BLET Director Herron Recognized with Scholarship
Published on Wednesday, May 12th, 2021
On April 26th, in the company of 15 graduates, Basic Law Enforcement Training Program Director Pete Herron got a surprise. Mid-way through his cohort’s graduation ceremony, one graduate, Taylor Graves, stepped to the podium to announce a scholarship had been established in Pete Herron’s name in recognition of his decades-long service to law enforcement and to the students who choose to pursue this career.
“Here is a person who throughout their career has taken the time to help hundreds of students realize their potential, no matter how long it takes,” Graves recounted. “Pete Herron believes in people, and clearly he believes in second chances. He is exactly the kind of person we want in law enforcement, and exactly the kind of person we want teaching future officers. Like all of you, I feel fortunate to have crossed paths with Pete Herron. He has given me an up-close look at what it means to be successful in this profession. He leads through servitude. By putting other people before himself, he shows strength, character and integrity.” In addition to Graves’ personal funds, local employer Troy Lumber Company gave a generous donation to endow the scholarship, making it accessible to MCC students for years to come.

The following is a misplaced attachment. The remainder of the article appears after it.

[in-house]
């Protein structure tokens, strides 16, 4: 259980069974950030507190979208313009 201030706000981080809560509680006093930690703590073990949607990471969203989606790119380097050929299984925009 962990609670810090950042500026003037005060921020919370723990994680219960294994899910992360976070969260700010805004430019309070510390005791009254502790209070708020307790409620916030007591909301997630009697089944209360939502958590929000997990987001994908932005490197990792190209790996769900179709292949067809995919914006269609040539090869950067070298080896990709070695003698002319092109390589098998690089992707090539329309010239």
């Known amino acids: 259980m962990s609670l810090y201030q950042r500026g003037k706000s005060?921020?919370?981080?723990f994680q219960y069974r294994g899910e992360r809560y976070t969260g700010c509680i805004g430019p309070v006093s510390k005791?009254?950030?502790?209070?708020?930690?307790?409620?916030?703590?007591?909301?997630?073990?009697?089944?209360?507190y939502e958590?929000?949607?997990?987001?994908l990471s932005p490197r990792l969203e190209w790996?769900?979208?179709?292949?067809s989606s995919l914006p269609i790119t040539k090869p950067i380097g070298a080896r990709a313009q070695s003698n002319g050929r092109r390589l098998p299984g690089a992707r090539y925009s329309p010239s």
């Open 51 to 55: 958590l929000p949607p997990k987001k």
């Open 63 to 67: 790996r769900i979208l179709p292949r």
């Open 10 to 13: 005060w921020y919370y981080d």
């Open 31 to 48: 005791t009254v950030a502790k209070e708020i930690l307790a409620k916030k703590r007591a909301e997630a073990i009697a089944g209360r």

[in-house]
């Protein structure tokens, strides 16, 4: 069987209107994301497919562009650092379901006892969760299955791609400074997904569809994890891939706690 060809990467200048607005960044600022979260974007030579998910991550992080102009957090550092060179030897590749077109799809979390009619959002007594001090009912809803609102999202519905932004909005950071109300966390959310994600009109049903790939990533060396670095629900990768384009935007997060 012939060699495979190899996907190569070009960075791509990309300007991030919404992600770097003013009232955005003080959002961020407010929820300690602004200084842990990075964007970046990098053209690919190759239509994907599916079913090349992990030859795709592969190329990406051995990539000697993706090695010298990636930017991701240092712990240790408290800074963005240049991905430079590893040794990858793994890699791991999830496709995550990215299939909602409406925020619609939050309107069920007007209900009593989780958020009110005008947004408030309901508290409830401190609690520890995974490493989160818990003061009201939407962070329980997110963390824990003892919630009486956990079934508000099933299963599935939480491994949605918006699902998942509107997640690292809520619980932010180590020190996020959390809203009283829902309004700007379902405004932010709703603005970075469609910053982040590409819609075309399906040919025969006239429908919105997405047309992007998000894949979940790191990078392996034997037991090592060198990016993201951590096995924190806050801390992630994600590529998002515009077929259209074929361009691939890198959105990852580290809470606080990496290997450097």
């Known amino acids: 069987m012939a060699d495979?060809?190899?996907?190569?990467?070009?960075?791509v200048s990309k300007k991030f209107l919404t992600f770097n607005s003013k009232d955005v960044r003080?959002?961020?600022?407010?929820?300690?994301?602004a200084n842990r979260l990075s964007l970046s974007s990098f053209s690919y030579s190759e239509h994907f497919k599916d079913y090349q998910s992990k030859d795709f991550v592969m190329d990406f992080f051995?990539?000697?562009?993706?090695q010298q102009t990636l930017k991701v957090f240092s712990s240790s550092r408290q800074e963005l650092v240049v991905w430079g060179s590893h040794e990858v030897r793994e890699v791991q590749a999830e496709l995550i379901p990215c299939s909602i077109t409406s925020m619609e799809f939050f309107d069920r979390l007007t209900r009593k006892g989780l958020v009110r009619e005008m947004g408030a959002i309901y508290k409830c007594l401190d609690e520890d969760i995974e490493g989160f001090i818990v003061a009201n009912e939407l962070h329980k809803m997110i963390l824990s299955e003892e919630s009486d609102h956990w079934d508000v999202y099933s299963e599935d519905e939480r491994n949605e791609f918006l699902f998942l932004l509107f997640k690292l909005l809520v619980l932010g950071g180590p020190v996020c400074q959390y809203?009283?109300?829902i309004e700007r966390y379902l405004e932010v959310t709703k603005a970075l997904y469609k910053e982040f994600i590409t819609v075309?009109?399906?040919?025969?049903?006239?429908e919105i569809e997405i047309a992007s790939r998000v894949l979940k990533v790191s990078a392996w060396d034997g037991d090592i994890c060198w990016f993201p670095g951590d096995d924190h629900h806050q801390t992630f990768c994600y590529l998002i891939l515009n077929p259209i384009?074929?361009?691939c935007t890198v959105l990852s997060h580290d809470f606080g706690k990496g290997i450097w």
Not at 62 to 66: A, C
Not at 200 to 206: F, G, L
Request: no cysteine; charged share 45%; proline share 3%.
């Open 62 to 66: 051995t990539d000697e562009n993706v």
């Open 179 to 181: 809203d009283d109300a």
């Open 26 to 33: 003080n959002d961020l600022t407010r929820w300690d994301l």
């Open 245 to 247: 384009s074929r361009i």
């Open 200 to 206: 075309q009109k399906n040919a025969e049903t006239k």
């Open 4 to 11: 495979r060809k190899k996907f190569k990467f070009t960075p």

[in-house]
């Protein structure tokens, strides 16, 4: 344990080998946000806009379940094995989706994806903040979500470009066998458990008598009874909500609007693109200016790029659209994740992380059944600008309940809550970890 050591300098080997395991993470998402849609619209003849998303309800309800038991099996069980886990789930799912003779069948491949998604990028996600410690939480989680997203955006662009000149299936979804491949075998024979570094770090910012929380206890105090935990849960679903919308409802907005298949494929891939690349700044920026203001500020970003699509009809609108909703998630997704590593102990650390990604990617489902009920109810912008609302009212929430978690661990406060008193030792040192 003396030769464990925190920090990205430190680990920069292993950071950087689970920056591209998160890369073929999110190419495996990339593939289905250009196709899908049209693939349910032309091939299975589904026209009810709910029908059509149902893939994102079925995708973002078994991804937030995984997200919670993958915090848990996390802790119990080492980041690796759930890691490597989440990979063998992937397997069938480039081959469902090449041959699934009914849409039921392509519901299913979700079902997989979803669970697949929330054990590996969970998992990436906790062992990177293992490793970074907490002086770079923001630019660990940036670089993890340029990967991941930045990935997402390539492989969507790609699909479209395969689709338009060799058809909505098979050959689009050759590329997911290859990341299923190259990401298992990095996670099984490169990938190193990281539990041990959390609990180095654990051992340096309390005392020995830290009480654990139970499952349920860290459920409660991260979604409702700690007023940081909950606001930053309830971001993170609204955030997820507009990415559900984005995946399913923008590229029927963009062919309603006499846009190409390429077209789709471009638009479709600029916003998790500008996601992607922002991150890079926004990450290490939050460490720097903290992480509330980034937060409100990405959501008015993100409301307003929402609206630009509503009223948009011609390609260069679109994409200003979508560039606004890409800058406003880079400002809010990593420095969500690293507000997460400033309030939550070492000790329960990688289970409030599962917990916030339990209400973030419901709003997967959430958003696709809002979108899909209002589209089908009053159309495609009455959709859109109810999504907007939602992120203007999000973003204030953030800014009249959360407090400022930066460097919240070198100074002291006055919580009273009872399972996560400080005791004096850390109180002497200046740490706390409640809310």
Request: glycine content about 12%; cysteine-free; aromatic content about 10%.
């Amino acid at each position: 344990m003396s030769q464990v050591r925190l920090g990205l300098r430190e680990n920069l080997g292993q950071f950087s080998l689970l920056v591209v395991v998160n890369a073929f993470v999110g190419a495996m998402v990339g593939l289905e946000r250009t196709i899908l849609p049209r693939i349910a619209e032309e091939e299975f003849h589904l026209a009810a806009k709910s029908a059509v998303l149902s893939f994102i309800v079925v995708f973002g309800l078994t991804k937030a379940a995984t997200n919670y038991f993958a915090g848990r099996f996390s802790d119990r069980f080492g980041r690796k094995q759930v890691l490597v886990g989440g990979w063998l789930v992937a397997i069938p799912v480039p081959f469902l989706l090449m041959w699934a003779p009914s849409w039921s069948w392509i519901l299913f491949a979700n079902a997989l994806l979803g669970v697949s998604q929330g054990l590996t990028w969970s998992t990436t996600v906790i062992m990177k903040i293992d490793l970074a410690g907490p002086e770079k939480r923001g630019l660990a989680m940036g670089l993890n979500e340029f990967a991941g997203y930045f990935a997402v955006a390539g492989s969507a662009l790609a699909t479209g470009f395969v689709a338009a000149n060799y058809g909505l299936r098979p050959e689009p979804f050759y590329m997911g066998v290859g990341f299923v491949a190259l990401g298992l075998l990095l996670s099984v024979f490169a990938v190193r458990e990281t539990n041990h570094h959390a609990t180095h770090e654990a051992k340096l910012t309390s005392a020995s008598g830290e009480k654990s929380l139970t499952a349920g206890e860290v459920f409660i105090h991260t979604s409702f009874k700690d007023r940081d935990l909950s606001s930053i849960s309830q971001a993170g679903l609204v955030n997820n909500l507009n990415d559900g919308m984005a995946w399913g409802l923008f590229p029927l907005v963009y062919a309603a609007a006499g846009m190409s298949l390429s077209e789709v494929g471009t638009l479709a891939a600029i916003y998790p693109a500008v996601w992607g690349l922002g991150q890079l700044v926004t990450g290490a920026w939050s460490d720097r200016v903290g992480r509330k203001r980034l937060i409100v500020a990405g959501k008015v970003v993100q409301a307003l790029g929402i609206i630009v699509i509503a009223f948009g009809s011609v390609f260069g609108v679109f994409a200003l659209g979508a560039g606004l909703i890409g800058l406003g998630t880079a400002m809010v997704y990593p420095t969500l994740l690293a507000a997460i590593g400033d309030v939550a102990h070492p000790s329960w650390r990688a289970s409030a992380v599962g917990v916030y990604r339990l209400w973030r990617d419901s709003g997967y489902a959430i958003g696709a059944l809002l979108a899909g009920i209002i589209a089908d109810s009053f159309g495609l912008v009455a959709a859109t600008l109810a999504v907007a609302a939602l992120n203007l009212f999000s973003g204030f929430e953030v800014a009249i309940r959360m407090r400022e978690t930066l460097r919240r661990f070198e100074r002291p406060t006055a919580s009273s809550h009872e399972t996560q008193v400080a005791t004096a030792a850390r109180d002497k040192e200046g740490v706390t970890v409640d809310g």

Herron began his career in the United States Marine Corps, has served as a drill sergeant instructor in the Army Reserve.
He is a retired wildlife enforcement officer and an instructor in martial development, physical fitness, defensive tactics and rapid deployment. More recently, Heron is an architect of Montgomery Community College’s Basic Law Enforcement Training program which he now directs. Herron is well-known and revered throughout the state and among the hundreds of officers who have come through his programs.
“This is incredibly nice,” said a shocked Herron as he received his plaque. “I had no idea this was coming. It makes me happy to know so many people feel they have benefitted from my work and effort. Words cannot express what this means to me.”
MCC has found an impressive niche for its BLET programming with courses running during the evenings and weekends, giving students the opportunity to maintain ongoing daytime income while exploring a new law enforcement career at night. While a minimum of 660 hours of classroom is required, many cohorts finish with 680 or more because of MCC’s access to uniquely-qualified experts and instructors.